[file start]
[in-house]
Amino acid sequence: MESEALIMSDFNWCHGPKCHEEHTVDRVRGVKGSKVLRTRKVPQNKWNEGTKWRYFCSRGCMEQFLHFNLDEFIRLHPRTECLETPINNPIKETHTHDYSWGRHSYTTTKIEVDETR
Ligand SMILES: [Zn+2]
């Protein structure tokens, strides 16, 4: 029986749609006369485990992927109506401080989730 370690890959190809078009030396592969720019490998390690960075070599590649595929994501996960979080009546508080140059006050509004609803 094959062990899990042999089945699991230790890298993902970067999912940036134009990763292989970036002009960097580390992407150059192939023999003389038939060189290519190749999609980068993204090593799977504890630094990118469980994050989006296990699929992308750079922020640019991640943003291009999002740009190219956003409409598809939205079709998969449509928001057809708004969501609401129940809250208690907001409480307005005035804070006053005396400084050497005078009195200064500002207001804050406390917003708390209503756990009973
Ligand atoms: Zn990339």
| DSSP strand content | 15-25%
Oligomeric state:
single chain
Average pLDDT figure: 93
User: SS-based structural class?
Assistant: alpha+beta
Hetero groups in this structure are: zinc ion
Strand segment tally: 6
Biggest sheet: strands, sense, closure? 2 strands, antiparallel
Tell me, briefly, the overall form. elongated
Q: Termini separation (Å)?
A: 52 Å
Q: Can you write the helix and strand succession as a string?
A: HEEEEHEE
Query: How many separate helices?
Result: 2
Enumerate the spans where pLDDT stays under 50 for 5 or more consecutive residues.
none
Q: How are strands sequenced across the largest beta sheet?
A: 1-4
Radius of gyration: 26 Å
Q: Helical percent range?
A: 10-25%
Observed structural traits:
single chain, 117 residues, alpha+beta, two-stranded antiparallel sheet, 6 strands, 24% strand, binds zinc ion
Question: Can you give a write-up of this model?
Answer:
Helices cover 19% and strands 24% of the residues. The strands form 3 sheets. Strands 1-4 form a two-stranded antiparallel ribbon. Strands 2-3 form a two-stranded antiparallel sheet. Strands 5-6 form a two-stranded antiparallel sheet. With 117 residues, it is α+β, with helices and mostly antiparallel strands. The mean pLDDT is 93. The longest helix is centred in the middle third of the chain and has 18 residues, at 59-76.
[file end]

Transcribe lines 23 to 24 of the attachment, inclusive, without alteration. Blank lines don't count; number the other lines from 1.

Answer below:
none
Q: How are strands sequenced across the largest beta sheet?